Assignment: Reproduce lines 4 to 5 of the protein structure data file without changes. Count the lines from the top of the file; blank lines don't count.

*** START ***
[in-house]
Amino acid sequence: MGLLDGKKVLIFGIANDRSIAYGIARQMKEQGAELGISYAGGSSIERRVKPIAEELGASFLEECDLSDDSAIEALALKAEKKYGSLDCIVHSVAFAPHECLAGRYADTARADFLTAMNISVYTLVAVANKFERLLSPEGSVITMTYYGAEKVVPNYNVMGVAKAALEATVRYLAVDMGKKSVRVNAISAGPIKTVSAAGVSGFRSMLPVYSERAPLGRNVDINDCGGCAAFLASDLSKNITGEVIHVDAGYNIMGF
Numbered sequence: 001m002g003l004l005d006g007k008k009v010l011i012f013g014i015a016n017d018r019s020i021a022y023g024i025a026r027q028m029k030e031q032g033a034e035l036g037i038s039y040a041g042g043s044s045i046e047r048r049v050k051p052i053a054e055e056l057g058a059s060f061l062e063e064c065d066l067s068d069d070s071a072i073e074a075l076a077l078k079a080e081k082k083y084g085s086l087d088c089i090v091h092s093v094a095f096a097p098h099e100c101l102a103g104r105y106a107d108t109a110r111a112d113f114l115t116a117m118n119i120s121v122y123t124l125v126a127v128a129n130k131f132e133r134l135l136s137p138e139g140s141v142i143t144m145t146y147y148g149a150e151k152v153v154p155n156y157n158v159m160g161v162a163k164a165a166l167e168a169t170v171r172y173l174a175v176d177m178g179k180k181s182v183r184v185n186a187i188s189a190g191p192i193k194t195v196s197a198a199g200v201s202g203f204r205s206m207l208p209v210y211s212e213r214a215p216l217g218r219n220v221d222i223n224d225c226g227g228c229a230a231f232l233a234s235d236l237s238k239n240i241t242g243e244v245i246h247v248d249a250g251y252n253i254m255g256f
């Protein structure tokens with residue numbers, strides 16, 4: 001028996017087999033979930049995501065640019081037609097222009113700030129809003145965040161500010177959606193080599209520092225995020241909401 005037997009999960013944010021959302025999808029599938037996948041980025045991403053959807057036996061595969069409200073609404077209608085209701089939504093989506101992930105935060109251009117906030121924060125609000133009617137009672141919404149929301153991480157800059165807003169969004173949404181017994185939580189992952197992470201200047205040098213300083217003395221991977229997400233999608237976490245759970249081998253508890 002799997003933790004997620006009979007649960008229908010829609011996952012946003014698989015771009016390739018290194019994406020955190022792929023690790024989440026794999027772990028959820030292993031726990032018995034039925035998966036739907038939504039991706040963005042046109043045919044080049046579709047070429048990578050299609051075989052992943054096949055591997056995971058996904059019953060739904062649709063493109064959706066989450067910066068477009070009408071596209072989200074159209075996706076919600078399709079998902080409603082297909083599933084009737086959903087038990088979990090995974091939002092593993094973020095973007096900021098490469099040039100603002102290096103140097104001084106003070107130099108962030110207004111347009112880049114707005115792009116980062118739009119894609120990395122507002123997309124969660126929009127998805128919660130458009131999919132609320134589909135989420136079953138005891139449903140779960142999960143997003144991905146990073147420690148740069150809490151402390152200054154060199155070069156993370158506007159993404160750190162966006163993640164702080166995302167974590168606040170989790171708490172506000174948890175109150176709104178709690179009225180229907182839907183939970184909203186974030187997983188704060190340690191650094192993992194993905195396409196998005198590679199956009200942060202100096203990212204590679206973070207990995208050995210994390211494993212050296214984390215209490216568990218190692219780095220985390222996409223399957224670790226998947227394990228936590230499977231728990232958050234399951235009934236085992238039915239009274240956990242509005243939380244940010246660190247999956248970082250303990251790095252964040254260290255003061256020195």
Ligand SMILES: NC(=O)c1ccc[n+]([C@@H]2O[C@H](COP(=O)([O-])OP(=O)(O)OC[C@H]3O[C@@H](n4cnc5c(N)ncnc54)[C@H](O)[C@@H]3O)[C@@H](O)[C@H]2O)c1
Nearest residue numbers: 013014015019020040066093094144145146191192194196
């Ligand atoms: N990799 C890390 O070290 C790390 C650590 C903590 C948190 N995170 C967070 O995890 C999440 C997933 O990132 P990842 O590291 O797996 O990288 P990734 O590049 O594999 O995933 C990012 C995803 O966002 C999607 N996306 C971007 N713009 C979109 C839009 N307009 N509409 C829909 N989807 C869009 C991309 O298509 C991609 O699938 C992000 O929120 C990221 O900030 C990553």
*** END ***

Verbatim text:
């Protein structure tokens with residue numbers, strides 16, 4: 001028996017087999033979930049995501065640019081037609097222009113700030129809003145965040161500010177959606193080599209520092225995020241909401 005037997009999960013944010021959302025999808029599938037996948041980025045991403053959807057036996061595969069409200073609404077209608085209701089939504093989506101992930105935060109251009117906030121924060125609000133009617137009672141919404149929301153991480157800059165807003169969004173949404181017994185939580189992952197992470201200047205040098213300083217003395221991977229997400233999608237976490245759970249081998253508890 002799997003933790004997620006009979007649960008229908010829609011996952012946003014698989015771009016390739018290194019994406020955190022792929023690790024989440026794999027772990028959820030292993031726990032018995034039925035998966036739907038939504039991706040963005042046109043045919044080049046579709047070429048990578050299609051075989052992943054096949055591997056995971058996904059019953060739904062649709063493109064959706066989450067910066068477009070009408071596209072989200074159209075996706076919600078399709079998902080409603082297909083599933084009737086959903087038990088979990090995974091939002092593993094973020095973007096900021098490469099040039100603002102290096103140097104001084106003070107130099108962030110207004111347009112880049114707005115792009116980062118739009119894609120990395122507002123997309124969660126929009127998805128919660130458009131999919132609320134589909135989420136079953138005891139449903140779960142999960143997003144991905146990073147420690148740069150809490151402390152200054154060199155070069156993370158506007159993404160750190162966006163993640164702080166995302167974590168606040170989790171708490172506000174948890175109150176709104178709690179009225180229907182839907183939970184909203186974030187997983188704060190340690191650094192993992194993905195396409196998005198590679199956009200942060202100096203990212204590679206973070207990995208050995210994390211494993212050296214984390215209490216568990218190692219780095220985390222996409223399957224670790226998947227394990228936590230499977231728990232958050234399951235009934236085992238039915239009274240956990242509005243939380244940010246660190247999956248970082250303990251790095252964040254260290255003061256020195």
Ligand SMILES: NC(=O)c1ccc[n+]([C@@H]2O[C@H](COP(=O)([O-])OP(=O)(O)OC[C@H]3O[C@@H](n4cnc5c(N)ncnc54)[C@H](O)[C@@H]3O)[C@@H](O)[C@H]2O)c1